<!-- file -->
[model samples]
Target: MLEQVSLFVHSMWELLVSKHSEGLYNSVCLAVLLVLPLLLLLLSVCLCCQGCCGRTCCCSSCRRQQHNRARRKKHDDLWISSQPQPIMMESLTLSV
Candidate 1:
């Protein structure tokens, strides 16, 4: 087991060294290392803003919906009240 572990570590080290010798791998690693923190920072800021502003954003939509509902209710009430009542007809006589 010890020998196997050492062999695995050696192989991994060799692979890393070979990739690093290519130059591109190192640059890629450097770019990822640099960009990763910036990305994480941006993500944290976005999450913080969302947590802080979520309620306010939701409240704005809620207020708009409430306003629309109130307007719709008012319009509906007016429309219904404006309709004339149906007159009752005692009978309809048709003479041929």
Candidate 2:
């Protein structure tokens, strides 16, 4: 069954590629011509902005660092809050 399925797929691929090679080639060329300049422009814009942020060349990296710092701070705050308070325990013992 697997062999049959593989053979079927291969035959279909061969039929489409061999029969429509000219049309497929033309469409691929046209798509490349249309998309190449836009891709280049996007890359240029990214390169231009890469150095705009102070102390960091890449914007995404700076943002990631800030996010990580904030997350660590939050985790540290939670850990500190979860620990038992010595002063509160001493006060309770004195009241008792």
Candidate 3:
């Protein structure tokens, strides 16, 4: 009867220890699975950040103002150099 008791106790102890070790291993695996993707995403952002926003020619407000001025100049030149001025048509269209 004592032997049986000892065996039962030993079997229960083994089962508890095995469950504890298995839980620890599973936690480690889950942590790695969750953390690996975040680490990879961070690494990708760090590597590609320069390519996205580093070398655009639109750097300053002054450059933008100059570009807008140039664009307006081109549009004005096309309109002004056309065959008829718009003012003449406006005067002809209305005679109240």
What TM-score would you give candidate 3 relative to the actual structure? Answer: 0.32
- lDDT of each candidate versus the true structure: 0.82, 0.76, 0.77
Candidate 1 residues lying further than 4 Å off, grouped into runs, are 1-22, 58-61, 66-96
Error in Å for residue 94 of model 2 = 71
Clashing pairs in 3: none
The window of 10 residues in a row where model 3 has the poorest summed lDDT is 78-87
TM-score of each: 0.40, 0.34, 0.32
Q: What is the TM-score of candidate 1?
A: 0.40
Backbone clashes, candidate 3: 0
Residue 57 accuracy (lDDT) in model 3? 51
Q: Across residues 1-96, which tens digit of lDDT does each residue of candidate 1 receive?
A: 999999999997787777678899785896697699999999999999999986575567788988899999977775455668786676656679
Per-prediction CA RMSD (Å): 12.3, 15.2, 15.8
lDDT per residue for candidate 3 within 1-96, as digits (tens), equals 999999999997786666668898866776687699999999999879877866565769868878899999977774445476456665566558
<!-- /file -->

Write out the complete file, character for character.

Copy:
[model samples]
Target: MLEQVSLFVHSMWELLVSKHSEGLYNSVCLAVLLVLPLLLLLLSVCLCCQGCCGRTCCCSSCRRQQHNRARRKKHDDLWISSQPQPIMMESLTLSV
Candidate 1:
């Protein structure tokens, strides 16, 4: 087991060294290392803003919906009240 572990570590080290010798791998690693923190920072800021502003954003939509509902209710009430009542007809006589 010890020998196997050492062999695995050696192989991994060799692979890393070979990739690093290519130059591109190192640059890629450097770019990822640099960009990763910036990305994480941006993500944290976005999450913080969302947590802080979520309620306010939701409240704005809620207020708009409430306003629309109130307007719709008012319009509906007016429309219904404006309709004339149906007159009752005692009978309809048709003479041929």
Candidate 2:
């Protein structure tokens, strides 16, 4: 069954590629011509902005660092809050 399925797929691929090679080639060329300049422009814009942020060349990296710092701070705050308070325990013992 697997062999049959593989053979079927291969035959279909061969039929489409061999029969429509000219049309497929033309469409691929046209798509490349249309998309190449836009891709280049996007890359240029990214390169231009890469150095705009102070102390960091890449914007995404700076943002990631800030996010990580904030997350660590939050985790540290939670850990500190979860620990038992010595002063509160001493006060309770004195009241008792």
Candidate 3:
């Protein structure tokens, strides 16, 4: 009867220890699975950040103002150099 008791106790102890070790291993695996993707995403952002926003020619407000001025100049030149001025048509269209 004592032997049986000892065996039962030993079997229960083994089962508890095995469950504890298995839980620890599973936690480690889950942590790695969750953390690996975040680490990879961070690494990708760090590597590609320069390519996205580093070398655009639109750097300053002054450059933008100059570009807008140039664009307006081109549009004005096309309109002004056309065959008829718009003012003449406006005067002809209305005679109240």
What TM-score would you give candidate 3 relative to the actual structure? Answer: 0.32
- lDDT of each candidate versus the true structure: 0.82, 0.76, 0.77
Candidate 1 residues lying further than 4 Å off, grouped into runs, are 1-22, 58-61, 66-96
Error in Å for residue 94 of model 2 = 71
Clashing pairs in 3: none
The window of 10 residues in a row where model 3 has the poorest summed lDDT is 78-87
TM-score of each: 0.40, 0.34, 0.32
Q: What is the TM-score of candidate 1?
A: 0.40
Backbone clashes, candidate 3: 0
Residue 57 accuracy (lDDT) in model 3? 51
Q: Across residues 1-96, which tens digit of lDDT does each residue of candidate 1 receive?
A: 999999999997787777678899785896697699999999999999999986575567788988899999977775455668786676656679
Per-prediction CA RMSD (Å): 12.3, 15.2, 15.8
lDDT per residue for candidate 3 within 1-96, as digits (tens), equals 999999999997786666668898866776687699999999999879877866565769868878899999977774445476456665566558